The Weston County Attorney on Wednesday declined to pursue criminal charges relating to recent claims that the local public library is disseminating obscene materials through certain books.
The decision was announced in an Oct. 27 letter to Campbell County Sheriff Scott Matheny, whose office took the original report from residents Hugh and Susan Bennett at the end of September that accused Campbell County Library staff of disseminating obscene material by refusing to remove at least four LGBTQ+ and sexual education books from the young adult section.
Weston County Attorney Michael Stulken, who was brought in as a special prosecutor earlier this month, wrote of his decision that his office cannot ethically bring criminal charges if the facts of a certain matter are not supported by probable cause and that the State of Wyoming needs to be sure of its ability to prove any allegation beyond a reasonable doubt.
“Because of these considerations, and after review of the subject books and applicable law, our office has concluded that those who presented these books for public dissemination, viewing, and consumption should not be subject to criminal prosecution,” Stulken wrote. “Therefore, our office declines to pursue any criminal charges.”
Stulken said that his decision was also based on the fact that two recent allegations, including another that accused the library of committing sexual intrusion by keeping the books in question on their shelves, did not line up with the definitions outlined by Wyoming Statute.
“One would be hard-pressed in a criminal prosecution to prove that the materials presented, when applying contemporary community standards and taking them as a whole, appeal to the prurient interest,” Stulken wrote. “The books in question do not, when applying contemporary community standards, criminally describe sexual conduct in a patently offensive manner and they may have scientific value. Accordingly, since these materials are not “obscene” as defined by Wyoming Law, the State of Wyoming could not commence criminal charges.”
Stulken’s response went on to state that the obscene material statute does not apply to any person who may produce, reproduce, possess, or disseminate obscene material in the course of bona fide public library activities.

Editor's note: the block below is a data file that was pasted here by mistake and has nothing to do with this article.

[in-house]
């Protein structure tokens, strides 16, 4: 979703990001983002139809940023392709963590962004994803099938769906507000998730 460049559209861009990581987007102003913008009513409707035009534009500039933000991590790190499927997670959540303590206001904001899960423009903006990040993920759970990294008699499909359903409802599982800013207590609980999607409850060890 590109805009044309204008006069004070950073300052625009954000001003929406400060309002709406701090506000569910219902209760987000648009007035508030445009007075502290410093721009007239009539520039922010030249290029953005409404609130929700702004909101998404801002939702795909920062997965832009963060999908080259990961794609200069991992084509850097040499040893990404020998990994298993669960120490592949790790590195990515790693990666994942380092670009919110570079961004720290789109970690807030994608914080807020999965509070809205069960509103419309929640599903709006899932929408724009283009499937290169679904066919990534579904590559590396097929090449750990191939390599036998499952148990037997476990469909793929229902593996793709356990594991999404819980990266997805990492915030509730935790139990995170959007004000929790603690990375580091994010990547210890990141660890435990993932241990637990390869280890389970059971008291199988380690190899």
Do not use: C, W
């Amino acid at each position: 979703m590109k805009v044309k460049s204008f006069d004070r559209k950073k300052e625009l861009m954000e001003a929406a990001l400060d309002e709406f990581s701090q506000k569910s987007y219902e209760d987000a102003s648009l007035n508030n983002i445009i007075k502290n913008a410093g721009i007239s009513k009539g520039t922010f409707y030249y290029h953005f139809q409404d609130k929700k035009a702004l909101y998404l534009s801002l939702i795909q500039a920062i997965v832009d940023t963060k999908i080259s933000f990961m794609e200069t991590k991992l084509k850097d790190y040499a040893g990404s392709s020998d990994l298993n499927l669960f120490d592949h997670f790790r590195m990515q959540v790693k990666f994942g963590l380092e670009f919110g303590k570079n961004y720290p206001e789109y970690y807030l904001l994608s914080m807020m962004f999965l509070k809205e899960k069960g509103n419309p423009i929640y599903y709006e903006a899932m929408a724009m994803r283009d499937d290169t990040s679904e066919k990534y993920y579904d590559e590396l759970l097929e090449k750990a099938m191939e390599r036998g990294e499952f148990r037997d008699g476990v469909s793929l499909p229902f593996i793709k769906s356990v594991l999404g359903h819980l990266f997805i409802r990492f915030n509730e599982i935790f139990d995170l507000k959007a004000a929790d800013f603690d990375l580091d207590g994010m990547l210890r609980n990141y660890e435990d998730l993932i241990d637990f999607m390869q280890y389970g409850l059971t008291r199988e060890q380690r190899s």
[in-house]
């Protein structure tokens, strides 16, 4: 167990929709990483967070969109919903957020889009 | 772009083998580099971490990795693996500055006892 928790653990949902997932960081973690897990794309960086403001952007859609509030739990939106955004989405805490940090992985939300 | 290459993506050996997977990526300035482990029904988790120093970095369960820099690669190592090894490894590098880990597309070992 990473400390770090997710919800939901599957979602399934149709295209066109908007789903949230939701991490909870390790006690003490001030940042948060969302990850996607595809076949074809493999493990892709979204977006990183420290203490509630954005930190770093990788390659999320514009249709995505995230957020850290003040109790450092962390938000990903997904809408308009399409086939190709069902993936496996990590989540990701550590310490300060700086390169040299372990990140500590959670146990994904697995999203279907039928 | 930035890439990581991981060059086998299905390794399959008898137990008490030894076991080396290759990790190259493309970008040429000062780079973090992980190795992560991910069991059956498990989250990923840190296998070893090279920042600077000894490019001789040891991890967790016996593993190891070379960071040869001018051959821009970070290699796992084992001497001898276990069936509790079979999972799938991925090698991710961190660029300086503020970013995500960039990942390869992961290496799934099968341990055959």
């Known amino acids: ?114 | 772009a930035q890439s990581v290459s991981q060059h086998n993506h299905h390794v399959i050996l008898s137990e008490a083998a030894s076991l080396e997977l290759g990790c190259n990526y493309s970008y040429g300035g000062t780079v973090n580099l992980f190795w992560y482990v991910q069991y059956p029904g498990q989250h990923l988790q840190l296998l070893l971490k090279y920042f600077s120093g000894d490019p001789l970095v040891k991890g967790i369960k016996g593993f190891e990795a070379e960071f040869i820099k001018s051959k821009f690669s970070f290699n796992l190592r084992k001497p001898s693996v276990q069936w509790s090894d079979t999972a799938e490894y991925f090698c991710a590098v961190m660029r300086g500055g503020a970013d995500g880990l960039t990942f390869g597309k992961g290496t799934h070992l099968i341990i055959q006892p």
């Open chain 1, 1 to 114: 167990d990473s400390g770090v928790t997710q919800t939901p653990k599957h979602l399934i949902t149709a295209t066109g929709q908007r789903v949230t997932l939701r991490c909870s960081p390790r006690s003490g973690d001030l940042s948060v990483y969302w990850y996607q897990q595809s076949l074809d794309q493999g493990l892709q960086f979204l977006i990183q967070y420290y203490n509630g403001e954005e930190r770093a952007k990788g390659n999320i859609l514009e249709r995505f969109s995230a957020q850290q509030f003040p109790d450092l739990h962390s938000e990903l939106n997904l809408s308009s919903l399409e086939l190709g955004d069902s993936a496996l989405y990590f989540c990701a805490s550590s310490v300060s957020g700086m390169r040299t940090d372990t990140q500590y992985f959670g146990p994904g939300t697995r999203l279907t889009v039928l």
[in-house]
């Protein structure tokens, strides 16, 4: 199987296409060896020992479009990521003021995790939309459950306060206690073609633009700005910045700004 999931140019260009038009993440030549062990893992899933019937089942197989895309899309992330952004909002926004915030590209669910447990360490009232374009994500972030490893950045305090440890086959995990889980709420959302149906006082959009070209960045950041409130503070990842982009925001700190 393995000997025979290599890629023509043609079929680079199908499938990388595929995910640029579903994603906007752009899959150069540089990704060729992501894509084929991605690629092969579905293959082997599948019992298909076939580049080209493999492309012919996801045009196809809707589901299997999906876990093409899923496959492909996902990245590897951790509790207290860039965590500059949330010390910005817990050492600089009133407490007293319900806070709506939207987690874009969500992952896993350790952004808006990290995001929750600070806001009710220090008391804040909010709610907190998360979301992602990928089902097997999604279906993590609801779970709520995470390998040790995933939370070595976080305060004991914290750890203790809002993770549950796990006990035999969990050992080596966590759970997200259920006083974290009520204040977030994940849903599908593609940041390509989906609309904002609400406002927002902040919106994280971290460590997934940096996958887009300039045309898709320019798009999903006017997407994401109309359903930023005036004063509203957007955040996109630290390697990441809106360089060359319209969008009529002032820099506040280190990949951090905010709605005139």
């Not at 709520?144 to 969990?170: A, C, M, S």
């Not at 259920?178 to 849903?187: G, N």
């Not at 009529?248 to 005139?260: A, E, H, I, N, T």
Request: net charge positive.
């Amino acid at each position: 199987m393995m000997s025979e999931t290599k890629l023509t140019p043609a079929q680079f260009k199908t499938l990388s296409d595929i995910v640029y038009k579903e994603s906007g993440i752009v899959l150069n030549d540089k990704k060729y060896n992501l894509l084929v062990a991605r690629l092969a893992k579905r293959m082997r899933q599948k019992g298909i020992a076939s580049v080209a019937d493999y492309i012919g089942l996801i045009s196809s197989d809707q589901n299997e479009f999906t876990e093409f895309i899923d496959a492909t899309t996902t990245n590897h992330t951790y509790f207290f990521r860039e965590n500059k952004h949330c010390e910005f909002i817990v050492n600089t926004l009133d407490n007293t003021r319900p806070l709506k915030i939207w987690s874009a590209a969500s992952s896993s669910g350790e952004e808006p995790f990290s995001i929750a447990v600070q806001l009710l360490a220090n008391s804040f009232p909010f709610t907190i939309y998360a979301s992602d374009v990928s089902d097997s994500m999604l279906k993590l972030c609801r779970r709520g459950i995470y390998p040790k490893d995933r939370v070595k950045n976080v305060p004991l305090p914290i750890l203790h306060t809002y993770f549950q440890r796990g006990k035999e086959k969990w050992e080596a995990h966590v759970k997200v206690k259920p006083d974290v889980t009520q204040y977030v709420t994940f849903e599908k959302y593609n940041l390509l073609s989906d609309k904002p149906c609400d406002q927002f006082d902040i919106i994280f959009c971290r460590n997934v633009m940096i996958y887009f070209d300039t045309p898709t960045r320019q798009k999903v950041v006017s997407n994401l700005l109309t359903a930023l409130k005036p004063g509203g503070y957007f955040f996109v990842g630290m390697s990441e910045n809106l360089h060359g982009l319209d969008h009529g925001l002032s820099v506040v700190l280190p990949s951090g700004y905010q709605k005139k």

“Therefore, those who caused these materials to be present in the Campbell County Public Library cannot be subject to criminal prosecution under this statute,” Stulken wrote.
Stulken’s decision is the latest in an ongoing controversy surrounding LGBTQ+ and other sexual education material in the young adult section at the public library spearheaded by a small group of residents who have expressed concerns and outrage over how easy the materials are to access by Campbell County children.
The group first reared its head in July when they protested the library’s decision to book a children’s performance by McKayla Oz, a magician who is openly transgender. In the months that have followed, the group has appeared regularly at local government meetings to force local leaders to remove material they deem unacceptable to children.
Their repeated protests have been largely disruptive on more than one occasion with at least two members being escorted out of Campbell County Commission meetings by law enforcement and ultimately has led to the commissioners suspending public comment during their meetings altogether.
To date, 52 books have been formally challenged by the group since the start of the controversy. The Campbell County Library Board has only given a decision on one submitted by Commissioner Colleen Faber, which they ultimately voted to deny.